But he added that although Gascoigne would be the centre of media attention he would still be worth every penny of his transfer fee. "There will be certain people looking for knocking stories. But these incidents are few and far between these days," Robson said. "I am sure Gazza will give me a little bit of grief from time to time but it will be worth it.
"It is the media who expect trouble, not me. I believe Gascoigne will respect me as a manager and I will respect him as a player."
And Robson believes that Gascoigne has now matured and will be looking to the midfielder to inspire his younger players. Robson said: "When a player reaches the age of 30, he becomes aware of the fact that he is in the second part of his career. He wants to work hard to make sure that he plays on as long as possible. Gazza loves his football and our fans will love him.
"Paul likes a few pints now and again, but he is one of the hardest trainers I have ever worked with. The other players will see how hard he works and it will be a big influence."
Gascoigne will be named in Middlesbrough's squad for the Coca-Cola Cup final against Chelsea at Wembley on Sunday if he passes his medical. If the medical tests are positive, Boro plan to unveil Gascoigne at a news conference today.
Supporters gathered outside Middlesbrough's training ground in the picturesque village of Hurworth to catch a glimpse of Britain's most famous footballer - but, like the press, they were banned from watching him train and banned from talking to him.
They were also quite comfortably outnumbered by the crows in the wood outside the main entrance.
Gazzamania? Well, not quite. One flat-capped pensioner did turn up with his bulldog on a lead, swearing he had changed its name to Gazza after hearing the news that Gascoigne had joined Middlesbrough from Rangers.
While Gazza may have lost some of his pace on the pitch these days, he showed a pretty fair turn of speed as he arrived for his first training session with his new team-mates. At 10.15 his Range-Rover sent 30 or so photographers scattering as it roared through the main entrance of the training ground, with Gascoigne himself at the wheel and his minder, Jimmy "Five Bellies" Gardiner, sprawled across the passenger seat. There was neither a wave, nor a hint of smile. Maybe at 30 this is a new mature Gazza after all.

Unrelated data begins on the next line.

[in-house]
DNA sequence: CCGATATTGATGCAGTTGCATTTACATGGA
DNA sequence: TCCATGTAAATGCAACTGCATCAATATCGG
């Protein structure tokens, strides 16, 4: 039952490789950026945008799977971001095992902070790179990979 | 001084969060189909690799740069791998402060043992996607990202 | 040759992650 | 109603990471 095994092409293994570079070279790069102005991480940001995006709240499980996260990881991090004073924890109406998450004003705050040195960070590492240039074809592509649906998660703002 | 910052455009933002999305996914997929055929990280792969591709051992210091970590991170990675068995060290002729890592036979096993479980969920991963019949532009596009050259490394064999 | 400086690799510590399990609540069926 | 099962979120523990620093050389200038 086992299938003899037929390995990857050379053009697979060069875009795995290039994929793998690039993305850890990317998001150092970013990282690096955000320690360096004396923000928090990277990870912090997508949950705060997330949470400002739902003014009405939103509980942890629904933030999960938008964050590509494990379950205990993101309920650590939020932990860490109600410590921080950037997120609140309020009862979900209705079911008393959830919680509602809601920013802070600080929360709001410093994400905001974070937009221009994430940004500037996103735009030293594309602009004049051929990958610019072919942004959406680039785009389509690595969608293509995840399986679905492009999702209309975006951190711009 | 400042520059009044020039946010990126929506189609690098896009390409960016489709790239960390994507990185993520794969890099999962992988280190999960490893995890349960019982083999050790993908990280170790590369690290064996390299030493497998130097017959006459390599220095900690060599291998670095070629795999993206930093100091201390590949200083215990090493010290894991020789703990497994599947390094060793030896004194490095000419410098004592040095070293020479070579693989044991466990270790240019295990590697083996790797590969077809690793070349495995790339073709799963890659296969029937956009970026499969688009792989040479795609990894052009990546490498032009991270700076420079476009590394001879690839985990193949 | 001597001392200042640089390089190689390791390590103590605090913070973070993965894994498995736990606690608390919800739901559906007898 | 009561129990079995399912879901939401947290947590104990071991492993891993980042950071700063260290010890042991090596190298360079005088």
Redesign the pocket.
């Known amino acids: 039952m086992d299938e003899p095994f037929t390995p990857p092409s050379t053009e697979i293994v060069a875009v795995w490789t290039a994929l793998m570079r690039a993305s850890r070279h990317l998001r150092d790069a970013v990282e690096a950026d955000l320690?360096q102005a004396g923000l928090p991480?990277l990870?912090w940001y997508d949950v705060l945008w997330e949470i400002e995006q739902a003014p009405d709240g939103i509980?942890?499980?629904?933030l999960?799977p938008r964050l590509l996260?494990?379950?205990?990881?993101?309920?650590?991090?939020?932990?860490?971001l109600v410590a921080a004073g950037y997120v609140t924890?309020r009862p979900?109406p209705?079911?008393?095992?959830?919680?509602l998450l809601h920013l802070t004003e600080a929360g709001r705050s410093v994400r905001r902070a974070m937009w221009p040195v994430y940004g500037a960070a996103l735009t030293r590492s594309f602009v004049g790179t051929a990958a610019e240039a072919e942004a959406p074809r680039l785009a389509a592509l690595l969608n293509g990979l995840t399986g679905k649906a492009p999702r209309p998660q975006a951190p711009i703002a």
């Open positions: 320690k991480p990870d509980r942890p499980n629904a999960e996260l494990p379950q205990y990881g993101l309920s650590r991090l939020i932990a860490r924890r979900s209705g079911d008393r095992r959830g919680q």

The mood among the fans, was upbeat. The hope for them is that he contributes as much to the team as Juninho - the little Brazilian whose brilliant performances graced the Riverside Stadium last season.
Among today's sprinkling of fans was the Middlesbrough Supporters' Association secretary, Simon Bolton, though it should be said he was ferried the 15 miles from Middlesbrough to Hurworth in a taxi supplied by Sky television, after they became desperate for someone to talk to. Bolton, the man who looks uncannily like "Five Bellies", had been woken up this morning by Rangers fans, sad at the loss of Gascoigne.
"I can understand them being a bit upset. Gazza is a hero to them," Bolton said. "He is one of the best-known names in football. It was a big surprise when they heard he'd joined, but as long as he puts in 100 per cent like Juninho, he will have the fans' respect. But they won't put up with anyone freeloading here."
Gascoigne could make an immediate return to Ibrox at the end of next month in a testimonial for the veteran Rangers midfielder Ian Durrant.
At the moment the biggest selling point of the testimonial, which will be against Sheffield Wednesday on 28 April, is the return of the former Celtic forward Paolo Di Canio to Glasgow.
However, Gascoigne yesterday indicated he might offer to turn out in the match, as he regrets having left Rangers without having had the chance to bid farewell to his colleagues and the club's fans.
He told Virgin Radio: "Leaving Rangers was one of the saddest days in my career, but now I'm looking forward to my new challenge. I have the chance to work with Bryan Robson, who was my idol when he used to play.
"Yet I'm sad to be leaving Rangers especially, as I never had the chance to say goodbye to the guys. But hopefully I can, as Ian Durrant has a testimonial coming up and I would like to say goodbye to the fans properly."
The main stumbling block could be Middlesbrough's promotion ambitions, with the match coming the week before their final League game of the season against Oxford.Reuse content